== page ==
Before you get started
Rusks are relatively simple to make – the dry ingredients and wet ingredients are combined. As always with flour, don’t overmix or they’ll be tough.
Another important thing to note is that rusks are baked twice – baked, and then dried out – so make sure you have time to complete the project. You can dry them overnight, if you prefer. It’s a good idea to make a big batch, because of the time needed to cook and dry them. They also keep for months in an airtight container.
Consider whether you want a small hard crust, or a big one. If you favour a small hard cap, bake your rusks in a loaf tin. If you prefer a golden, hard crust down the longer side, bake them on a tray.
Shaping and separating the rusks
To avoid fragments breaking off when you cut the rusks, you can score the rusks before placing them into the oven. If you’re a committed rusk baker, invest in a rusk cutter. Alternatively, if you’re going for rounder rusks, not tall soldiers, roll them into balls and stack them together in a loaf tin, so that you can pull them apart easily once baked. Be sure to allow them to cool completely before attempting to separate them or they’ll break.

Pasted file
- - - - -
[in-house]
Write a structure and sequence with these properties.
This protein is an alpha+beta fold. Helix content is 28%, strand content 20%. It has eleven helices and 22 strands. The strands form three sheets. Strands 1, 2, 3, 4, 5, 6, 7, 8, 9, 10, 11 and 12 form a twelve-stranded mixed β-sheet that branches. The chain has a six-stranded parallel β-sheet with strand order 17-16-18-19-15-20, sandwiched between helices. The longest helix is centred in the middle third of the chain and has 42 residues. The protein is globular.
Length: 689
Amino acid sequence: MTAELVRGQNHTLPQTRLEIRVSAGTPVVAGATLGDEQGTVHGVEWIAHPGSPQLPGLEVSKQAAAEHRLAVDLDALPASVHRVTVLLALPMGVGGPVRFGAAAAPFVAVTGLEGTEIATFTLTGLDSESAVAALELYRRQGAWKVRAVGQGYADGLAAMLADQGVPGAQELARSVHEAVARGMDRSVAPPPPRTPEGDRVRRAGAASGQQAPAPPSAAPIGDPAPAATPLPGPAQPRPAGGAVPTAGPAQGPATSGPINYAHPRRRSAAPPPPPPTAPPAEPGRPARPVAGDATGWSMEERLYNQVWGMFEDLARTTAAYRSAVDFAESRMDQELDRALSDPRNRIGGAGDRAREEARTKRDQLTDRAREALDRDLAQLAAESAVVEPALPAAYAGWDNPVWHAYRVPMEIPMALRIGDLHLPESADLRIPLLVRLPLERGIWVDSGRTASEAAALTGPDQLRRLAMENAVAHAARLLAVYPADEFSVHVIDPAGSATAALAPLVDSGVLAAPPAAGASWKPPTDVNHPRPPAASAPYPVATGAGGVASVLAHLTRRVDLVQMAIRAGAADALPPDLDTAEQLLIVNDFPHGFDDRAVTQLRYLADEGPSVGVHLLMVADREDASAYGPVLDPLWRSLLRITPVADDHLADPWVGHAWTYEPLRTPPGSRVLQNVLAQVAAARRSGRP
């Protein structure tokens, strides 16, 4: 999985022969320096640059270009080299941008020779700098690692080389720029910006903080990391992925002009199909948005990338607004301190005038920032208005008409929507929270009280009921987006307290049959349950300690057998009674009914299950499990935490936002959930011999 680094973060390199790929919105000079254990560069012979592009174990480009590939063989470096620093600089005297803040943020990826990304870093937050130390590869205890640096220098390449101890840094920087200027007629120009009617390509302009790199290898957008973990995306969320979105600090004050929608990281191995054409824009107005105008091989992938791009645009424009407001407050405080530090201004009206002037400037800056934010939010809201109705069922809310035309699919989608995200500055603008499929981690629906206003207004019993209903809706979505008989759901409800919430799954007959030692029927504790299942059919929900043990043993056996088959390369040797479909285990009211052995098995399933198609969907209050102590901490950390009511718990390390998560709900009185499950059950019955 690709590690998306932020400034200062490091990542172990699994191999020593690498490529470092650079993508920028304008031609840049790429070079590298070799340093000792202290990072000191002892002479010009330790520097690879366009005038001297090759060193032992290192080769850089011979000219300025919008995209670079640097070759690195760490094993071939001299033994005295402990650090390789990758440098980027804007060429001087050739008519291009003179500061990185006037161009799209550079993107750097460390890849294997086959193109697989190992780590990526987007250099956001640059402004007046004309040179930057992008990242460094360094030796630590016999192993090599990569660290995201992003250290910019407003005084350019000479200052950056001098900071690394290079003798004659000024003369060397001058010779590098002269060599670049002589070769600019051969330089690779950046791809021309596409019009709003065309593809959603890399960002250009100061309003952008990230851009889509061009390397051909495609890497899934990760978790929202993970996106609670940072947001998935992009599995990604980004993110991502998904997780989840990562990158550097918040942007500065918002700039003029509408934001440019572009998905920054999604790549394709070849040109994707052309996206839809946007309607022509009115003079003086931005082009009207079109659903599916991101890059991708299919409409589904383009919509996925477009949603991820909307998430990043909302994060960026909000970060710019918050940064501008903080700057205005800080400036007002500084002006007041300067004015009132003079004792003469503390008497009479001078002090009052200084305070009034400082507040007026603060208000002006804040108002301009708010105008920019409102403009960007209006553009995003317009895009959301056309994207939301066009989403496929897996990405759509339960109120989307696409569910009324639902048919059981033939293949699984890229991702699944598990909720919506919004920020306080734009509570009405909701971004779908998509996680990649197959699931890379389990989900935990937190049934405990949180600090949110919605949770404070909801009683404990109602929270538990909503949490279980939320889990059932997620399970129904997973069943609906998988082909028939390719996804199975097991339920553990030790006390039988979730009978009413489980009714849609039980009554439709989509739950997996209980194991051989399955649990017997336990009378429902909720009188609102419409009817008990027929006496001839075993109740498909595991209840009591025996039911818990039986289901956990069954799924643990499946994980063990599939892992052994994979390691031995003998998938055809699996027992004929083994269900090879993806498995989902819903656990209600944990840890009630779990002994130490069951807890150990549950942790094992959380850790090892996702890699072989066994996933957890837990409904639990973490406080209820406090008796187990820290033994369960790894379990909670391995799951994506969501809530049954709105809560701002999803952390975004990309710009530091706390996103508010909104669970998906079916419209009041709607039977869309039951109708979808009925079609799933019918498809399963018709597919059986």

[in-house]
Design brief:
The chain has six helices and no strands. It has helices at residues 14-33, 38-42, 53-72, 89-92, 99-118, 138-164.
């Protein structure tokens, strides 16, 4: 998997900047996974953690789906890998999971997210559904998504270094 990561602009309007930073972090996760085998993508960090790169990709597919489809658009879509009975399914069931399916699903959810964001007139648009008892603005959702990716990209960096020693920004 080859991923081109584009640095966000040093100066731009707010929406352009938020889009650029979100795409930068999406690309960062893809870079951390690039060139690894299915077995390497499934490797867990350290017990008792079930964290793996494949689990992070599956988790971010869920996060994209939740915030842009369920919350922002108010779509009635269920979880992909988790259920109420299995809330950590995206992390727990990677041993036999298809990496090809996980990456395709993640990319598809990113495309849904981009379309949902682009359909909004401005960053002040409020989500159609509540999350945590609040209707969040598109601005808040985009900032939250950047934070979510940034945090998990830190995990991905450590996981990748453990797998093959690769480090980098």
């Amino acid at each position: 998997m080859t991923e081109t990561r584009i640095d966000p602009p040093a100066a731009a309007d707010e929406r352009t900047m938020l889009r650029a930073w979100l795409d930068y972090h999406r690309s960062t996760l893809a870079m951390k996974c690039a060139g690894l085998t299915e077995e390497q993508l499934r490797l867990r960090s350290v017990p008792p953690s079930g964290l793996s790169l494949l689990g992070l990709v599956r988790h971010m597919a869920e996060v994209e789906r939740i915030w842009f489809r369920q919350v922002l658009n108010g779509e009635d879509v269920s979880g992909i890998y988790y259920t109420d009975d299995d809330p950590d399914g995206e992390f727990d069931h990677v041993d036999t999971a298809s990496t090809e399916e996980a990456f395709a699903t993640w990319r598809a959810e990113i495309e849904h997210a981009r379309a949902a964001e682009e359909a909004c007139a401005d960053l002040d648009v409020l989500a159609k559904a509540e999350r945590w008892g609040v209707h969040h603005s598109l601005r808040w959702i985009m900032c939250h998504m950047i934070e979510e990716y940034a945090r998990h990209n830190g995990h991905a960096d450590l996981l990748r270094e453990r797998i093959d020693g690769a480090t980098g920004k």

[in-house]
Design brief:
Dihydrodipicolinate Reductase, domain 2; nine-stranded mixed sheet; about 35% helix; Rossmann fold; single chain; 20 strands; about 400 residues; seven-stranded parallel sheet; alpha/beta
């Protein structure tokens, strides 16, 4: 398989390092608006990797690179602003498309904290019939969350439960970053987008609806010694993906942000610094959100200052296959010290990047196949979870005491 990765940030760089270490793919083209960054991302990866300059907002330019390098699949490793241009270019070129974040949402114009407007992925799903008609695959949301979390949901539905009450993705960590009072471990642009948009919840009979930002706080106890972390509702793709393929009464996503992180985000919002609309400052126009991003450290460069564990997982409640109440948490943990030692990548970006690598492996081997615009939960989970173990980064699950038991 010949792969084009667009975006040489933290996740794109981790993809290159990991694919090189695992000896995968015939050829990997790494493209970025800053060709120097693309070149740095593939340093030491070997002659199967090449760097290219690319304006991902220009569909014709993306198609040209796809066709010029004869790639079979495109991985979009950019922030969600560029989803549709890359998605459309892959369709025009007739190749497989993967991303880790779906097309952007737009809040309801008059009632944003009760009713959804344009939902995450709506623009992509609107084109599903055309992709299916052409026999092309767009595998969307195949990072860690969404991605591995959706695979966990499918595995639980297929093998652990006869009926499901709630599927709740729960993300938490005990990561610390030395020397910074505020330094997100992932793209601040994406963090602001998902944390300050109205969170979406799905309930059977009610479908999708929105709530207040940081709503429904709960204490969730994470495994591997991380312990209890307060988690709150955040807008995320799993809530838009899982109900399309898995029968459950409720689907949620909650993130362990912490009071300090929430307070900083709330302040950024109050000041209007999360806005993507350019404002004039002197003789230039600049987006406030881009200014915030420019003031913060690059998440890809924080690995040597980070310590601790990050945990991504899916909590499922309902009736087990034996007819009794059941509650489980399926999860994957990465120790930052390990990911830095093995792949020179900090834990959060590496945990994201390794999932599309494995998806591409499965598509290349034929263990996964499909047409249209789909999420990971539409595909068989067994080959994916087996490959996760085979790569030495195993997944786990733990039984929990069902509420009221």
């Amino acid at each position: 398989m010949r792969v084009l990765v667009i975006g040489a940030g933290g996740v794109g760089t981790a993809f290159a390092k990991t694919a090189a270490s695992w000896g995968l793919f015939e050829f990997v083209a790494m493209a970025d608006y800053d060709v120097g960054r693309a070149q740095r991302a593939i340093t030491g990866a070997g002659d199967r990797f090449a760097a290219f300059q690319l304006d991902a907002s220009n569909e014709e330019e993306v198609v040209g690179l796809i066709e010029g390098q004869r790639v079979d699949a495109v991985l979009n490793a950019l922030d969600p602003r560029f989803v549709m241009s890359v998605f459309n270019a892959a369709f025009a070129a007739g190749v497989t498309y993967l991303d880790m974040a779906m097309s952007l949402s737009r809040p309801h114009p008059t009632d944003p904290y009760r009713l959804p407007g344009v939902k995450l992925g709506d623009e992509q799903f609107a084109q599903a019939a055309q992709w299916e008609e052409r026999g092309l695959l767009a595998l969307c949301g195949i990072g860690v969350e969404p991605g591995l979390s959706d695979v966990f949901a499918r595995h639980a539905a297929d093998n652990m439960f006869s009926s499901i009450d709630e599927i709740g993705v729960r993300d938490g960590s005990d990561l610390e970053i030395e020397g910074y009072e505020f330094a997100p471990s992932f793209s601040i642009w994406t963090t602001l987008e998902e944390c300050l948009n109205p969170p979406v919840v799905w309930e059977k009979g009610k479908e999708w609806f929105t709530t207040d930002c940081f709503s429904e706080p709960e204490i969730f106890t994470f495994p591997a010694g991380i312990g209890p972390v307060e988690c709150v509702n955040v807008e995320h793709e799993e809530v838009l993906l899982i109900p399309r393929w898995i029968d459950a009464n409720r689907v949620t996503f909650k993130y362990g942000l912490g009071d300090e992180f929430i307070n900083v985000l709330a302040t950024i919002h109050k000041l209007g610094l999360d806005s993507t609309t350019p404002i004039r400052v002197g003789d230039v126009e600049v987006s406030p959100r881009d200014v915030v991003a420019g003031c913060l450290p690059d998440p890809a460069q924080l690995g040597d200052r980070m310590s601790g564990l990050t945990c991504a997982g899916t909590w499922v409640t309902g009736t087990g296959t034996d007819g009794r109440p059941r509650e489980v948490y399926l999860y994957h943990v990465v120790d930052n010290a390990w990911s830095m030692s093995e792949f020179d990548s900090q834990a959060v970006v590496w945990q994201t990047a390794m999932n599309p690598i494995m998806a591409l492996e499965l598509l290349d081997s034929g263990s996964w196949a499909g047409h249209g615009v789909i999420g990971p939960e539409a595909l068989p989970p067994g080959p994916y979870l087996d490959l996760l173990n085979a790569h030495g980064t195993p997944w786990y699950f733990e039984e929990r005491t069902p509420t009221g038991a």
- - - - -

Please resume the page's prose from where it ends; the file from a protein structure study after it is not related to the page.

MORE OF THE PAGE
Inspired? Here are more of our favourite rusk recipes:
Old-fashioned rusks made with yeast – just like ouma intended. These take a little more effort, but the flavour is worth it.
Get the recipe for buttermilk rusks.
An easy option for first-time rusk bakers.
Get the recipe for all-bran rusks here.
Some of our favourite rusk add-ins:
25 g dried cranberries and 25 g roughly chopped almonds
50 g raisins, sultanas or chopped dates and 1 cup bran
50 g pecan nuts and 1 t cinnamon
2 T aniseed
1 cup crushed All-Bran flakes
1 cup desiccated coconut
50 g sunflower seeds and ½ cup honey
25 g pumpkin seeds and 25 g chopped dried apricots
Buttermilk rusks are a classic of South African cooking. No buttermilk at home? To make your own buttermilk, combine ½ cup lemon juice, white spirit or apple cider vinegar with 21/2 cups full-cream milk. (Makes 3 cups). Alternatively, if you can get your hands on it, kefir will work instead of buttermilk.
For wholewheat rusks, substitute half the flour with wholewheat flour.
Rusks not drying out? Place a spoon in the oven door to allow steam to escape during the drying out process.
Rusks going a little too brown? Cover them in tinfoil to prevent burning.
Rusks going soft? Make sure you keep them in an airtight container. Rusks with nuts in them may last for a shorter time period than those without. You can also dry them out again in a low oven.